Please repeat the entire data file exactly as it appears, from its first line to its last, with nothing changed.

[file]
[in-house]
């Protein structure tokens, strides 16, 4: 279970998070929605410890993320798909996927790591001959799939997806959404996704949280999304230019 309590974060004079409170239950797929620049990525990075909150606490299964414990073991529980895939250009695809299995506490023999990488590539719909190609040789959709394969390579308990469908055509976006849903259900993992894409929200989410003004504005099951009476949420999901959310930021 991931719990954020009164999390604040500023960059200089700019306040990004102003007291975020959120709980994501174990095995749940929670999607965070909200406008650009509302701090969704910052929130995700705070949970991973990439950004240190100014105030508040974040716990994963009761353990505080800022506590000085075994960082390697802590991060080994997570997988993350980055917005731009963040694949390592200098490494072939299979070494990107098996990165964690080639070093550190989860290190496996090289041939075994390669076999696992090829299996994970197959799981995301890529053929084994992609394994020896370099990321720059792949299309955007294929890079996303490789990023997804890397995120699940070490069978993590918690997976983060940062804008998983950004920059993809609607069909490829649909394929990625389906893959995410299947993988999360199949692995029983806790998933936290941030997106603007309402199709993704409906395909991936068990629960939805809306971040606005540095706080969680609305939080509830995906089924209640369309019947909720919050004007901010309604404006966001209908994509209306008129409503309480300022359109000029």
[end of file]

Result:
[in-house]
């Protein structure tokens, strides 16, 4: 279970998070929605410890993320798909996927790591001959799939997806959404996704949280999304230019 309590974060004079409170239950797929620049990525990075909150606490299964414990073991529980895939250009695809299995506490023999990488590539719909190609040789959709394969390579308990469908055509976006849903259900993992894409929200989410003004504005099951009476949420999901959310930021 991931719990954020009164999390604040500023960059200089700019306040990004102003007291975020959120709980994501174990095995749940929670999607965070909200406008650009509302701090969704910052929130995700705070949970991973990439950004240190100014105030508040974040716990994963009761353990505080800022506590000085075994960082390697802590991060080994997570997988993350980055917005731009963040694949390592200098490494072939299979070494990107098996990165964690080639070093550190989860290190496996090289041939075994390669076999696992090829299996994970197959799981995301890529053929084994992609394994020896370099990321720059792949299309955007294929890079996303490789990023997804890397995120699940070490069978993590918690997976983060940062804008998983950004920059993809609607069909490829649909394929990625389906893959995410299947993988999360199949692995029983806790998933936290941030997106603007309402199709993704409906395909991936068990629960939805809306971040606005540095706080969680609305939080509830995906089924209640369309019947909720919050004007901010309604404006966001209908994509209306008129409503309480300022359109000029």